Kevin: How big is your team? 

Manav: Um, we’re seven people and we’re growing. 

Kevin: When you said that you guys “went and you traveled”? Was it all seven? 

Manav: (9:36) No, that was the old team. Most of it we traveled as a team. 

Kevin: Were you’re working on stuff or just enjoying life. 

Manav: Enjoying. We actually, when we left Salesforce, we thought we were going to take three months off and that ended up being 14 months. A very good 14 months for us, we’d been working very hard and it was a good way to reset, to really look at everything from a different lens, to come back and see how things are being done in different countries. 

Kevin: Where did you do learn to do that? I mean like who had the idea, where did you learn to say “we need to reset. We should go travel as a team. We can take at least three months”. And as three months went on said, “we should take more”. It’s not your average people that do that.

Manav: Yeah totally. I think we were having fun exploring and discovering new things. We’d all worked as a team very hard before that. So it was actually great to start to acknowledge other things like meeting friends and family or you know, looking at how things are done in Burma for instance, or in a remote part in Japan where still everyone is very technology focused. But the culturally, it’s a very different take on it. 

Kevin: (10:50) It’s fascinating to hear that you did that. I mean, and then to come back and take a fresh look at things based on what you learned and being refreshed enough that you can look at things differently. Rather than the minute you’ve come out of that company.

Manav: Absolutely. Sometimes you’re very much entrenched into things that you forget to look at the bigger picture. 

Kevin: So what’s your feeling as to the law vertical and what do you see?

Manav: I think there’s a transformation that’s happening. Legal always has been, you know, slower to move. But I think as a new generation of clients come in, as a new generation of attorneys come in, and they are recognizing the need of taking all of this data that they’re collecting from different sources and really using that to their advantage. 

Kevin: And legal was always, you know, slow to move faster to close. So it goes to word processing. Very slow to adapt emails especially. “We’re not going to use email. It’s never going to happen. Nobody would ever communicate like that”. Boom. It’s closed. Fax machine. How could anybody send half financial communications across cell phone line so we couldn’t even see what was out there and they could get intercepted. Boom. You know, law closes fast once they see that thing. Size of law firms, I assume you can do, you’re doing the whole gamut?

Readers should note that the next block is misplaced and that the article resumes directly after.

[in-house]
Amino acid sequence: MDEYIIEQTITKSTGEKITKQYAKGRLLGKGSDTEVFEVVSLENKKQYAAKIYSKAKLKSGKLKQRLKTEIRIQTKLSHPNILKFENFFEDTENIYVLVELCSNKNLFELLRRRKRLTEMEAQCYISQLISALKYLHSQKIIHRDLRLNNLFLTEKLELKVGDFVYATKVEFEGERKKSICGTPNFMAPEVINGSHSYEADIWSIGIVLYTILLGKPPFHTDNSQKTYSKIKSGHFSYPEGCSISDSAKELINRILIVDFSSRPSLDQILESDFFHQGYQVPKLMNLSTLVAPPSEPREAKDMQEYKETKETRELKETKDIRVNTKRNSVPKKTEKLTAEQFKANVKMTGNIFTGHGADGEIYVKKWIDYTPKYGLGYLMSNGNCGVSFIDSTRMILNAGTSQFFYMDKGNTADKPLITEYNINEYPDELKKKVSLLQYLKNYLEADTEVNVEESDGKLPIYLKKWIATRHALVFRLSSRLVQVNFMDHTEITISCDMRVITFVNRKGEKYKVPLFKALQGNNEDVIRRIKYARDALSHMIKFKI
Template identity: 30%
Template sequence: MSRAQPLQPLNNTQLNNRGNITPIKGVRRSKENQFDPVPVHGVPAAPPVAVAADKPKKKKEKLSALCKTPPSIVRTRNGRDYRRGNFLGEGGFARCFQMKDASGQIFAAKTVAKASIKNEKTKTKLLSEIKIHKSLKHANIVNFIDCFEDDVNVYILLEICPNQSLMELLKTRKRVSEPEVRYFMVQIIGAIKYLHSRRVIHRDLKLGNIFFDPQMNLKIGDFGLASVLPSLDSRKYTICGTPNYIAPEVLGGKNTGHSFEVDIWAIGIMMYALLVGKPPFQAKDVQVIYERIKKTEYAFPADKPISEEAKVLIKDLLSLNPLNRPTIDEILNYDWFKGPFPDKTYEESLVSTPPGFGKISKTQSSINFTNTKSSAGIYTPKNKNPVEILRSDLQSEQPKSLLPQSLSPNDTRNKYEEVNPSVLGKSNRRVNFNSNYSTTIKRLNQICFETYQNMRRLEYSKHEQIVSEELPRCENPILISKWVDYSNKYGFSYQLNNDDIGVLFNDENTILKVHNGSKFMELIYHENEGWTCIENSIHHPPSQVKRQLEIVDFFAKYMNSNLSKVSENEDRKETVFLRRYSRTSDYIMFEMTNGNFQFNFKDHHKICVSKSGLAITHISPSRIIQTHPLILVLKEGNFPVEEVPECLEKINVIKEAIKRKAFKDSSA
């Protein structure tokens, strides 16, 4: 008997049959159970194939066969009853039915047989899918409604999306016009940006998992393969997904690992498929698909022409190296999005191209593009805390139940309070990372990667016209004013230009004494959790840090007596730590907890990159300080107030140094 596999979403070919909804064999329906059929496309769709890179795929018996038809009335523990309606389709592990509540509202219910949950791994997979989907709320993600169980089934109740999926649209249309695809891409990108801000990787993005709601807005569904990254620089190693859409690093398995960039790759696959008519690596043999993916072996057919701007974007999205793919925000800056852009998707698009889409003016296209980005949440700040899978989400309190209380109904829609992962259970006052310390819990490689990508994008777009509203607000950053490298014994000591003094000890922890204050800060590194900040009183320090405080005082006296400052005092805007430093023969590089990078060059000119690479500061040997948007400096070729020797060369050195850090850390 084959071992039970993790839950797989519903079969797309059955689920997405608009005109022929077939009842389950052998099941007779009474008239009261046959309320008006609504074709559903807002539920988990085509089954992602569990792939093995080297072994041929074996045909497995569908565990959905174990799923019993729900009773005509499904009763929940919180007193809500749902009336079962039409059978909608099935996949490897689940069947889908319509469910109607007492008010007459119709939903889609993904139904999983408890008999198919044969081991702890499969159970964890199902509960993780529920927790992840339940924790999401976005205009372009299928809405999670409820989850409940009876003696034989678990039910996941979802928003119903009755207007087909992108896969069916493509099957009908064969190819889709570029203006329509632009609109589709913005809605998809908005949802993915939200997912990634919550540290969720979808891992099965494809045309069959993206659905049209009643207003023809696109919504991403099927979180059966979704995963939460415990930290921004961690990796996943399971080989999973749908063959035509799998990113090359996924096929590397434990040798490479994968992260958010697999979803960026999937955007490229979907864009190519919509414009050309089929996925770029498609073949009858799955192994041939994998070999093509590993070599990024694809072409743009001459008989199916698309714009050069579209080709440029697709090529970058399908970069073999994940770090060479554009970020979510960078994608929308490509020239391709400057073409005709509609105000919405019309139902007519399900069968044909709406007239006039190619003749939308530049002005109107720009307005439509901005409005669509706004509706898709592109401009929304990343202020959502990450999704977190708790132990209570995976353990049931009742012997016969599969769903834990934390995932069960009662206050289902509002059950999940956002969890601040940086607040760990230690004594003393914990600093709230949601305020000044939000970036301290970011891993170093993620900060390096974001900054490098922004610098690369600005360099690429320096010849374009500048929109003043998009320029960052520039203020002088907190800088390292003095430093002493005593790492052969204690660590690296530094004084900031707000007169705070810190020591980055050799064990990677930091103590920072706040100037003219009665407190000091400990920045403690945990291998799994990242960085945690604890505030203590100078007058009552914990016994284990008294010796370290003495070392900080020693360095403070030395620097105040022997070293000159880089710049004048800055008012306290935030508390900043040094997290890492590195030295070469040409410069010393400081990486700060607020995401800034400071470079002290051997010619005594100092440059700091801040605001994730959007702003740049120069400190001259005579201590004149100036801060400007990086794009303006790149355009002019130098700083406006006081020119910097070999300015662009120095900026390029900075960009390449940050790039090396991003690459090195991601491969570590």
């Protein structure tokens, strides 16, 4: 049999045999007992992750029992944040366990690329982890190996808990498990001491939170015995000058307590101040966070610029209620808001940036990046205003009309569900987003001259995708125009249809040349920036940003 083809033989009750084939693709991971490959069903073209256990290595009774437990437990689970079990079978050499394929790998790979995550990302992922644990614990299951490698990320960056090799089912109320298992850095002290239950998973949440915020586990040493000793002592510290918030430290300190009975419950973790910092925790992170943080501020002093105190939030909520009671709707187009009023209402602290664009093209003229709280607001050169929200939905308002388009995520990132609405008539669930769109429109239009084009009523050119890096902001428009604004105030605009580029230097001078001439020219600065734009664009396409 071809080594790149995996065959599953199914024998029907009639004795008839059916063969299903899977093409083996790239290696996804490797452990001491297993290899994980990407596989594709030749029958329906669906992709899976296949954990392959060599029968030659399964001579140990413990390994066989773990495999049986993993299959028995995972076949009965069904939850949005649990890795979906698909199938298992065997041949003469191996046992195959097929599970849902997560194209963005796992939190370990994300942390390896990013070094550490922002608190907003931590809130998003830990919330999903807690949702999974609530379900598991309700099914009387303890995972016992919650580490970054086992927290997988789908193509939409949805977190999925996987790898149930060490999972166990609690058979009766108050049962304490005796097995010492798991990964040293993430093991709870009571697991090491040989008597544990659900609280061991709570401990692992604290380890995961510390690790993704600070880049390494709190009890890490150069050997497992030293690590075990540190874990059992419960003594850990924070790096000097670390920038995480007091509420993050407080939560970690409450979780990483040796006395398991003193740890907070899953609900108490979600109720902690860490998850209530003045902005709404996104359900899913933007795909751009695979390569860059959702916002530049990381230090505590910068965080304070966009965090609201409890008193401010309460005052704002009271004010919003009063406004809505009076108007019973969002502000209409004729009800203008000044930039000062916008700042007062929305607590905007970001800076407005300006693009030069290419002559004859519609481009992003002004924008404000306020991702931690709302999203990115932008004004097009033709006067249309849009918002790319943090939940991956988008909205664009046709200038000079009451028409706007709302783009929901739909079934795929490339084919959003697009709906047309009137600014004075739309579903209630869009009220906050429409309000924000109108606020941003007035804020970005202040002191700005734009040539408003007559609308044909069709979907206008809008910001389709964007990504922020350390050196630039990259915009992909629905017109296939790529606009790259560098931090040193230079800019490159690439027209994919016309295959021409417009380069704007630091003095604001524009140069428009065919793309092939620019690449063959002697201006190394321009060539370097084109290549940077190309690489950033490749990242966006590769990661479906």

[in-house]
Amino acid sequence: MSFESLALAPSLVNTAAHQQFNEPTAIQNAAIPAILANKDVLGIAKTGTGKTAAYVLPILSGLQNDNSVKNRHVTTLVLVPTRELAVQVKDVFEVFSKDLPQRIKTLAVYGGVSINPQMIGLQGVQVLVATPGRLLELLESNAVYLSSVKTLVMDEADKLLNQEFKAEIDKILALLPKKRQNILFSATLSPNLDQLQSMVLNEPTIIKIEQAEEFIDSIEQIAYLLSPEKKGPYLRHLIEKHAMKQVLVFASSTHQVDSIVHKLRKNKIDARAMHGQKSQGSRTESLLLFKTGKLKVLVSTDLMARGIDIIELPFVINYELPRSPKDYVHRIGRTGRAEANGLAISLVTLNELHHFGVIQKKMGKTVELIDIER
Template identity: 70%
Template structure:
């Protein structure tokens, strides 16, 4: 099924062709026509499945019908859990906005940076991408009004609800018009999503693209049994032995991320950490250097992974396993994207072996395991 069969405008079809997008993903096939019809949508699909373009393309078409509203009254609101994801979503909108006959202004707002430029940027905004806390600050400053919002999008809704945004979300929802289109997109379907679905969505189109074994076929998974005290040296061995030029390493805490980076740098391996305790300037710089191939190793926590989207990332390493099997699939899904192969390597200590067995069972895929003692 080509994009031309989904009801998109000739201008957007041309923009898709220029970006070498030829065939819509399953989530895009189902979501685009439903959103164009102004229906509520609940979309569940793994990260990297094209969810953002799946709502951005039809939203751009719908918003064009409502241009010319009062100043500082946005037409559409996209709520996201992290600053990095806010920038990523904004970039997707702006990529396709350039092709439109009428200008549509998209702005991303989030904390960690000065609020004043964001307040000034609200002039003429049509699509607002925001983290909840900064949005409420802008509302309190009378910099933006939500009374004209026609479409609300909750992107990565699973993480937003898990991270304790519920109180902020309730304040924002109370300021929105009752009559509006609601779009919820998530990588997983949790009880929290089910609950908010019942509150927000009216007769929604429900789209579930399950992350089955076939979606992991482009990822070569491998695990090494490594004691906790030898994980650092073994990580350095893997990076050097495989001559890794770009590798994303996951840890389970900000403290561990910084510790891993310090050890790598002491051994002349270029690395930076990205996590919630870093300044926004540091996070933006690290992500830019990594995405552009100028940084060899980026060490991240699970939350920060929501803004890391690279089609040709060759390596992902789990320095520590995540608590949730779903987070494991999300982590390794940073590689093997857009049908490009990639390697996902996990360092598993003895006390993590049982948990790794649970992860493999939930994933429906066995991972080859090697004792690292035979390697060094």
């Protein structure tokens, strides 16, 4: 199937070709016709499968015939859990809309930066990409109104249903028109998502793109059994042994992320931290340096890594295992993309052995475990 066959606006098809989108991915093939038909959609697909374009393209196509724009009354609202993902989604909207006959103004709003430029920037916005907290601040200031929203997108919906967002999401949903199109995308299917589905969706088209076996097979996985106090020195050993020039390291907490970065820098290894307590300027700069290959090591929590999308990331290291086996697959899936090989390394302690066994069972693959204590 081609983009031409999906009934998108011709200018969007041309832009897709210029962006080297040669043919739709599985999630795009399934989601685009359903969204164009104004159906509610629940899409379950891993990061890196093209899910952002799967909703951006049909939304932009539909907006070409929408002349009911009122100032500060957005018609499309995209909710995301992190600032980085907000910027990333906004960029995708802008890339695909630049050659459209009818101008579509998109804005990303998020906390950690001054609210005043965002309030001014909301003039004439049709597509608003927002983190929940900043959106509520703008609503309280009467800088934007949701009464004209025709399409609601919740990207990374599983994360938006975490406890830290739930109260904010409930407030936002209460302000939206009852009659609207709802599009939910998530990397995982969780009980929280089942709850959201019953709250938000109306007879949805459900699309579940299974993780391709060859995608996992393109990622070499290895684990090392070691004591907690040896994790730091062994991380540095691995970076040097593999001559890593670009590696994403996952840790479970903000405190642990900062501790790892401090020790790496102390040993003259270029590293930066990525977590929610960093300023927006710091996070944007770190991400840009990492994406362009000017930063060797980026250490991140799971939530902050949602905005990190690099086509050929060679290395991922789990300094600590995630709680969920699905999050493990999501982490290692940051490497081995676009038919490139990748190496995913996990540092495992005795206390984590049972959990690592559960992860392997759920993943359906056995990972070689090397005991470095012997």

Manav: (12:15) We’re doing the whole gamut. We start with teams. So we really start with people that have a need for outbound communication or inbound communication. So they’re coming in and saying, “we need the paralegal, we need the office assistant and we need the attorney on the same thread. They’re doing this today on their own cell phones and doing it through a Google voice number”. There’s just no integrations with other things and it’s just, that’s where we go in and we first streamline that process and then it grows within the organization where they can start to get another numbers with us and then it pretty much mushrooms from there. What we do have, we have seen, which is a great thing that we do, is we try and not disrupt your current workflow. If you have a number published out there, we’ll take that number and text enable it. Um, if you have all of that data in Clio, we’re gonna make sure that data stays in Clio.

Kevin: It’s very cool. I mean, you’ve been involved now two, three or more technology startups. What do you tell people out there that think about doing it? 

Manav: Um, they should do it. I think we, you know, it’s daunting at first. There’s a lot of things that, a lot of uncertainties when you start to disrupt a market. Um, but, we need disruptors. We need people to go out and take that risk. Because it’s only those people that can actually cause a change, and that shift is really, really important. Otherwise, we’ll still be doing things in an archaic manner, or no one’s going to be satisfied.

Kevin: That’s pretty cool. Thanks much. 

Manav: Yeah. Thank you. I really appreciate it. 

Kevin: This was good.